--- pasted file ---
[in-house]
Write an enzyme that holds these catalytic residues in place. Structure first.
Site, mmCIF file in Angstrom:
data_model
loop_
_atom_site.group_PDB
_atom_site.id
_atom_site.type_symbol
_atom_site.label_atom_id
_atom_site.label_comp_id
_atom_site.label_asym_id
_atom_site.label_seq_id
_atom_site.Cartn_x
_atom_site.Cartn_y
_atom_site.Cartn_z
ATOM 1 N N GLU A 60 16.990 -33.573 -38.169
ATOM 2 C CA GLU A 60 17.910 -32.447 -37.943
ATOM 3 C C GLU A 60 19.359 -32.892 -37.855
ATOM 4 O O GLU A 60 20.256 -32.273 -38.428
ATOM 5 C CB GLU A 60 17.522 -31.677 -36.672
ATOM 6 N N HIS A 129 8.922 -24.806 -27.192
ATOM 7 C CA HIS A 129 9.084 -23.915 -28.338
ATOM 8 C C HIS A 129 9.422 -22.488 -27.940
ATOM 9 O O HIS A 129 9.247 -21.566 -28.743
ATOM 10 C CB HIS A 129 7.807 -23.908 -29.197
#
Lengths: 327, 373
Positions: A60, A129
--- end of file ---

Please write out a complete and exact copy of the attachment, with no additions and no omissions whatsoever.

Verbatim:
[in-house]
Write an enzyme that holds these catalytic residues in place. Structure first.
Site, mmCIF file in Angstrom:
data_model
loop_
_atom_site.group_PDB
_atom_site.id
_atom_site.type_symbol
_atom_site.label_atom_id
_atom_site.label_comp_id
_atom_site.label_asym_id
_atom_site.label_seq_id
_atom_site.Cartn_x
_atom_site.Cartn_y
_atom_site.Cartn_z
ATOM 1 N N GLU A 60 16.990 -33.573 -38.169
ATOM 2 C CA GLU A 60 17.910 -32.447 -37.943
ATOM 3 C C GLU A 60 19.359 -32.892 -37.855
ATOM 4 O O GLU A 60 20.256 -32.273 -38.428
ATOM 5 C CB GLU A 60 17.522 -31.677 -36.672
ATOM 6 N N HIS A 129 8.922 -24.806 -27.192
ATOM 7 C CA HIS A 129 9.084 -23.915 -28.338
ATOM 8 C C HIS A 129 9.422 -22.488 -27.940
ATOM 9 O O HIS A 129 9.247 -21.566 -28.743
ATOM 10 C CB HIS A 129 7.807 -23.908 -29.197
#
Lengths: 327, 373
Positions: A60, A129